Parenting after Divorce

Image resultA separation can make you reconsider many things about yourself, your future and your parenting.

While I insist that parents who separate remain the same parents they were before, for many, the break in their family unit has them facing challenges in how they are supposed to be with their children. There is a new awareness in parenting styles when it becomes clear that both parents are very different and the separation actually allows both parents to now explore their unique style which was not necessarily recognised before.

While the world is ever changing, parents often like to refer back to known parenting styles, but there has never been a greater need for parenting to change and adjust to the needs of our 21st century children.

So how should parents parent their children in the midst of their divorce so that it reflects lasting positive effects on the children?

Be a role model.

I can never emphasize enough the effect of our behaviours on our children. Children watch us more than they listen to us and they are great at mimicking us, so it is important to check that we are worth mimicking.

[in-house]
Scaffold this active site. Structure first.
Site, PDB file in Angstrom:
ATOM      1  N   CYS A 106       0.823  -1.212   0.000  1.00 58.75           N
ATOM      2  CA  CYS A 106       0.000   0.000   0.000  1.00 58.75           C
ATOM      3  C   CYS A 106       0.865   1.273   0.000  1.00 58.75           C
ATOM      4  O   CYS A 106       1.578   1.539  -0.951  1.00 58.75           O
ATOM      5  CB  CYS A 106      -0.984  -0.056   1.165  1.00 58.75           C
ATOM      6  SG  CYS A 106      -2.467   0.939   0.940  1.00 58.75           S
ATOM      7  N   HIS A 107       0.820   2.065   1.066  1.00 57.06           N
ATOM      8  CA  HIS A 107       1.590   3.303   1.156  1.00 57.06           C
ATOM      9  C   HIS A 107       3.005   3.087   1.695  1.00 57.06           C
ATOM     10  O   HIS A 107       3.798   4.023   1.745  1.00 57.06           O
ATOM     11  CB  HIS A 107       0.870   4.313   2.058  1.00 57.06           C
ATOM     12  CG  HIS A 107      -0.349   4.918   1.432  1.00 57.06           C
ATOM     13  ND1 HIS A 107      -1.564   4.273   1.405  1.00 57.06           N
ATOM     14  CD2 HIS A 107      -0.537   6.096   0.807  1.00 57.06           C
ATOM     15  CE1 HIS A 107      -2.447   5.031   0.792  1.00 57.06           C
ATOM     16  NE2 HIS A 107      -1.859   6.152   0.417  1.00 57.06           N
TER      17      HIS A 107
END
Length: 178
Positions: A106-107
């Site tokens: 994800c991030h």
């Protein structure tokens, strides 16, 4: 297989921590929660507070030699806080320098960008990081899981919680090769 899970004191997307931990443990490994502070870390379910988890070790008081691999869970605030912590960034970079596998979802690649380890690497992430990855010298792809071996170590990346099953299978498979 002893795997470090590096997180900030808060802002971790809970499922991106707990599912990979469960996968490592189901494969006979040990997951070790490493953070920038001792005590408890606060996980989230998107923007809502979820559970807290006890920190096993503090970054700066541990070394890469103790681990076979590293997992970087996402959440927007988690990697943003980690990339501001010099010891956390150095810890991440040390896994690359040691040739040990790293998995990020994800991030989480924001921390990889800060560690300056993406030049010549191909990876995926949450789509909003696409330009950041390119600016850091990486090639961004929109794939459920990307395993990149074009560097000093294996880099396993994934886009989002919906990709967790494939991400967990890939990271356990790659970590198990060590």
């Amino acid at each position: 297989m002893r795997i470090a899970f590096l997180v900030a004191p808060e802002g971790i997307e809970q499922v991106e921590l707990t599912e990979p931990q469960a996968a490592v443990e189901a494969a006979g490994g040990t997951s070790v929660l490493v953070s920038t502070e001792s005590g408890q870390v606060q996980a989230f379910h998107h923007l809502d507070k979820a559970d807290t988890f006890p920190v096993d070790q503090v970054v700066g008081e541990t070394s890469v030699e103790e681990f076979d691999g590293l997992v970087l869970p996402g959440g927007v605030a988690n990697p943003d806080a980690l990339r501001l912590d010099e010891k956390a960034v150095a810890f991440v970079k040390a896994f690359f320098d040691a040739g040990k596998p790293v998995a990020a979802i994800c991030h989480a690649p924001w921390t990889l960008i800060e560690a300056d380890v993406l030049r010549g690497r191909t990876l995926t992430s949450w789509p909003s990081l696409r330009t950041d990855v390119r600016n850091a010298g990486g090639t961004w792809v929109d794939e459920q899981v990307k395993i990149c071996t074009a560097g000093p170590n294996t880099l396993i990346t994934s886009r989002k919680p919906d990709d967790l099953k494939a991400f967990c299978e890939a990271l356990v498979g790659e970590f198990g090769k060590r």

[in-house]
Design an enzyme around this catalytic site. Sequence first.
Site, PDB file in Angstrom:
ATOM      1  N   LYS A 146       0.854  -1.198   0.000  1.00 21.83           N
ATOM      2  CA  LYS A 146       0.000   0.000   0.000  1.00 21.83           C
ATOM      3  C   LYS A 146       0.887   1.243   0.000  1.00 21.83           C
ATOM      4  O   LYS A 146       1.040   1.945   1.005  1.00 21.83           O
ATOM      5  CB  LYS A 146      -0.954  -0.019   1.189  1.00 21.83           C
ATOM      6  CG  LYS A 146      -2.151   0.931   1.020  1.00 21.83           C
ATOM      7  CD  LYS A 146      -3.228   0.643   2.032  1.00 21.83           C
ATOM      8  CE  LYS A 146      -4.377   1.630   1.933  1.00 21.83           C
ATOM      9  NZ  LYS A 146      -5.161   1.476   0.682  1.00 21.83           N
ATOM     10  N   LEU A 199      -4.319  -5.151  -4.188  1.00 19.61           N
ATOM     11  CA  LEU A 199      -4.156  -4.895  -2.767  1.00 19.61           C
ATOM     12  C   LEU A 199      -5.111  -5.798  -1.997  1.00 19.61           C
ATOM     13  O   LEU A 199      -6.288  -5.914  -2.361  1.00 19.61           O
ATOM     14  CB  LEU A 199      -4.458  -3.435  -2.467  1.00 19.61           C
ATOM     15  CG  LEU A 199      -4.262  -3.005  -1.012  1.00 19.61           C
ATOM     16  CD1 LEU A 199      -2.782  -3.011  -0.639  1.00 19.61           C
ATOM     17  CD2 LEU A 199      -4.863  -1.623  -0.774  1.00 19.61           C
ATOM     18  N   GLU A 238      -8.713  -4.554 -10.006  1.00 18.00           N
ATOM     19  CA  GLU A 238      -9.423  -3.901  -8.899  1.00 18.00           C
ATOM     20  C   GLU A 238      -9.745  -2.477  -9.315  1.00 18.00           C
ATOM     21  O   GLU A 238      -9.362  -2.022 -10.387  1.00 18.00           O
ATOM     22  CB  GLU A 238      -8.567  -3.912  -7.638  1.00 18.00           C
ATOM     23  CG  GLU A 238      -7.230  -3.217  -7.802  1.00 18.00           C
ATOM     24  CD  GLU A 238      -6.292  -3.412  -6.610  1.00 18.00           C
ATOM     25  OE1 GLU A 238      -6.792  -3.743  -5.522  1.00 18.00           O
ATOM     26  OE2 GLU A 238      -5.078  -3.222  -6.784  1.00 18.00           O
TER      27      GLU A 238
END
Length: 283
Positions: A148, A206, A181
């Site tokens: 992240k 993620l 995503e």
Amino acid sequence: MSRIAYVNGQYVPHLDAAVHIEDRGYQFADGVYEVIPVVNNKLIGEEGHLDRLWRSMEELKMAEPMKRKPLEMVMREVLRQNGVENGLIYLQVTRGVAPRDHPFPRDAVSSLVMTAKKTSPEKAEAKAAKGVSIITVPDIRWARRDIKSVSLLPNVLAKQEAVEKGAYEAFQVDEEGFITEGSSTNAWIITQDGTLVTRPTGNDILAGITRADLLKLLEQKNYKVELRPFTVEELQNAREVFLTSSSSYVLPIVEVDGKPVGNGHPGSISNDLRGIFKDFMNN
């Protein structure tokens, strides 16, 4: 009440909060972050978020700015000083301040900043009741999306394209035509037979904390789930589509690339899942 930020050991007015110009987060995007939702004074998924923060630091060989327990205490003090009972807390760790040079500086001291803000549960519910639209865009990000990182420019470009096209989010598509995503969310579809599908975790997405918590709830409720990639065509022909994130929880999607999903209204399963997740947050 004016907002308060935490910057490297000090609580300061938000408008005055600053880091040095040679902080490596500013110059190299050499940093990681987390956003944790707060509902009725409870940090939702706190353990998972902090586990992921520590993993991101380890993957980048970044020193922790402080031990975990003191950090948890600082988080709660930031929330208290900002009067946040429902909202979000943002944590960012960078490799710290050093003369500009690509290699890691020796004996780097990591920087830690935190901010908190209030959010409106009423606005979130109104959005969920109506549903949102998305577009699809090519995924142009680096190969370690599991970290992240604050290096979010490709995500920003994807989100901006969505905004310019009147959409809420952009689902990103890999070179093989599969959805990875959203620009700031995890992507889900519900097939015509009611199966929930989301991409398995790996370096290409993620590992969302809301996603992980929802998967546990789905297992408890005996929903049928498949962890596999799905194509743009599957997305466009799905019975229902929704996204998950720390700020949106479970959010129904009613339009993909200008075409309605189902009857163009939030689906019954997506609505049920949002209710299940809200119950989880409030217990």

Don’t be so set with your children behaving in certain ways if you are not clearly being that way yourself.

Children see, children do.

Have fun with them.

Children like to have fun. That is a big way in which they learn and develop their emotional, social and cognitive awareness, yet many parents parent their children “seriously” by fear that their children would otherwise not take them seriously. Quite the contrary. There are wonderful messages that can be handed through play: patience, generosity, sharing are just some of the qualities that children learn through play.

So next time you are with your children, don’t worry too much about the fact that it is your time to entertain them and take them to amusement parks, the movies or a play date, just have fun with them, at home, in the car, while shopping. No need to spend money or go out of your way. Just be a little creative and simply have fun.

Connect with your children.

I meet many well intended parents, but with a focus on their anxieties about whether they are doing the right thing or not, they miss the simple task of talking with and listening to their children.

Many parents also complain how their teenagers just push them away and never share anything with them anymore. If this happens to you, understand that you are simply disconnected from your children. You may want what is best for them, but listen to how you are talking to them. Are you criticising them, blaming them, bribing them to try and control them? This will only push them away. Instead connect with them through caring, supporting and trusting them.

Children thrive on being accepted by their parents. If they feel that whenever they are doing something it results in some form of blame or criticism or constant nagging, they will soon become disconnected.

So keep your focus on staying connected with your children and you will see them thrive as they grow up.

The Law doesn’t raise children, parents do!


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